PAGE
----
It's the pitching.
General manager Ned Colletti is loading up on it this winter. Guerrier -- who leveraged interest from Boston and Colorado to land a three-year, $12 million deal from the Dodgers -- is better-suited for the seventh and eighth innings than the ninth.
But his arrival is an indication that Colletti isn't completely confident of Jonathan Broxton's psyche, Hong-Chih Kuo's health, Kenley Jansen's inexperience or Ronald Belisario's character. The Dodgers had the best bullpen ERA in the league in 2009, but plunged to 11th this past season -- undermined by George Sherrill's season-long slump, Belisario's troubled year, Broxton's second-half meltdown and regressions by Jeff Weaver and Ramon Troncoso.
Guerrier provides depth and flexibility for new manager Don Mattingly, because he's a proven workhorse. He led the American League in appearances in 2008 and '09 for Minnesota and was third in 2010 with 74, going 5-7 with a 3.17 ERA. Still, the three-year deal is the longest the Dodgers have given to a reliever since Jeff Shaw's three-year, $15 million deal in 1998, after which he retired.
And the Dodgers' history with multiyear contracts is less than stellar. In the past 13 years, they've spent nearly $1 billion on multiyear contracts without reaching the World Series. They gave two-year deals last winter to Broxton, Matt Kemp and Andre Ethier, and each player regressed from the previous season. A fourth went to free agent Jamey Carroll, who exceeded expectations.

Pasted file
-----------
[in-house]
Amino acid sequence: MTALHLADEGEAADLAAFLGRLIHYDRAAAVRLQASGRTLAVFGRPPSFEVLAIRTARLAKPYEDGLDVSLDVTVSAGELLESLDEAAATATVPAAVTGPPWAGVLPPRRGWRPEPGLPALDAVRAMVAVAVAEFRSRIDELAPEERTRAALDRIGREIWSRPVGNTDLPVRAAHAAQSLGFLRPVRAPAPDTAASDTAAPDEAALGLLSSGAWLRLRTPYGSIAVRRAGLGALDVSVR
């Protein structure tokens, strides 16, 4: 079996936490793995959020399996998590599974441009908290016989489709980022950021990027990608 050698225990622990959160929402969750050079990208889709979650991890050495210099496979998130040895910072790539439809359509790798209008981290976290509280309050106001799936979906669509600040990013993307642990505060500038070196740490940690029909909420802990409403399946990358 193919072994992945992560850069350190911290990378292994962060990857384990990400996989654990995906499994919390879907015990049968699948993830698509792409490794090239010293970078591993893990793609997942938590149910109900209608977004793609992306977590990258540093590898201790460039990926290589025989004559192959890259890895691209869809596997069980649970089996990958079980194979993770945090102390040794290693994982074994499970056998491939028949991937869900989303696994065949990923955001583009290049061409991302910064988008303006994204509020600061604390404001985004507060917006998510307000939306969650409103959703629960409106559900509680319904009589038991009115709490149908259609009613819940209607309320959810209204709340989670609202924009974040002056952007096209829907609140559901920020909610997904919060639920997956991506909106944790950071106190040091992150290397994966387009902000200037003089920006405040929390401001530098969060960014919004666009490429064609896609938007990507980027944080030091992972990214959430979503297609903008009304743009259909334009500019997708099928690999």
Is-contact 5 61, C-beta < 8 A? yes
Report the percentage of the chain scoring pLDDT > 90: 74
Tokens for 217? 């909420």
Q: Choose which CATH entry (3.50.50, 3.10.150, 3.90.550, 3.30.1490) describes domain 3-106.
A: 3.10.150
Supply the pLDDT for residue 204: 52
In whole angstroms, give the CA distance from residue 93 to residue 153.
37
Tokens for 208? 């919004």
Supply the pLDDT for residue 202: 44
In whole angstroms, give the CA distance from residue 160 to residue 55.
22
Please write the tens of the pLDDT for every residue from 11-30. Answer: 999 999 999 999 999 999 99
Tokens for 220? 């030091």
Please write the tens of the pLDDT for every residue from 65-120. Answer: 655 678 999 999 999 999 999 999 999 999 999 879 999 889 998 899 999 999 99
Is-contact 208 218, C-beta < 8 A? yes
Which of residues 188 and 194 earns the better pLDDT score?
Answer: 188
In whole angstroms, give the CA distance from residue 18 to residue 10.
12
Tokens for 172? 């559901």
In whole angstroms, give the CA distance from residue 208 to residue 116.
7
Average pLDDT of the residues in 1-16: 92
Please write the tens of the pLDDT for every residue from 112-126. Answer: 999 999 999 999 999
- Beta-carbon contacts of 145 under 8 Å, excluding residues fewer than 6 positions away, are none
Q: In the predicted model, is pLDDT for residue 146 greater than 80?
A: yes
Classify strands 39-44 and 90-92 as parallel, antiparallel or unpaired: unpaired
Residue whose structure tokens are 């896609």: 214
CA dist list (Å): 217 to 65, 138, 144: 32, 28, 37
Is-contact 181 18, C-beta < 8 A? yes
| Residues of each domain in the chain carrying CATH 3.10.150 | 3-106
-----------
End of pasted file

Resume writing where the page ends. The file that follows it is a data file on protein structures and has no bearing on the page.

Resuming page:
Nonetheless, Colletti said as soon as the 2010 season ended, the Dodgers' 2011 payroll would be up from the roughly $90 million of '10 and it will probably clear $105 million, including money still owed to Manny Ramirez, Andruw Jones and Juan Pierre.
Colletti has created flexibility by backloading the multiyear contracts he's given. Even though the average annual value of Guerrier's contract is $4 million, he will receive only $1.5 million in 2011. Ted Lilly, signed to a three-year deal worth $33 million, receives only $8 million in 2011. Juan Uribe, signed to a three-year deal worth $21 million, receives $5 million in 2011.
Colletti needed such flexibility because he had so many holes to fill, especially with the starting rotation, which he accomplished by bringing back Lilly, Hiroki Kuroda, Vicente Padilla and Jon Garland -- the latter three on one-year deals.
In Garland, Lilly, Kuroda, Chad Billingsley and Clayton Kershaw, the Dodgers' 2011 starting rotation would have five pitchers each with 10 or more wins from last season, a cumulative 2010 ERA of 3.39 and a league-leading .234 opponents' batting average. Each posted an ERA under 3.65, pitched more than 190 innings and made 30 or more starts last season. Colletti, meanwhile, has also added Uribe's offense at second base while replacing Russell Martin behind the plate, with Rod Barajas and Dioner Navarro joining A.J. Ellis.
A hole remains in left field, and the Dodgers haven't completely ruled out free agent Bill Hall, although the Guerrier signing leaves less money. Colletti has said he might take the current roster into Spring Training and let Jay Gibbons, Tony Gwynn, Xavier Paul, Jamie Hoffmann, Trent Oeltjen and Trayvon Robinson compete for platoon jobs.
Ken Gurnick is a reporter for MLB.com. This story was not subject to the approval of Major League Baseball or its clubs.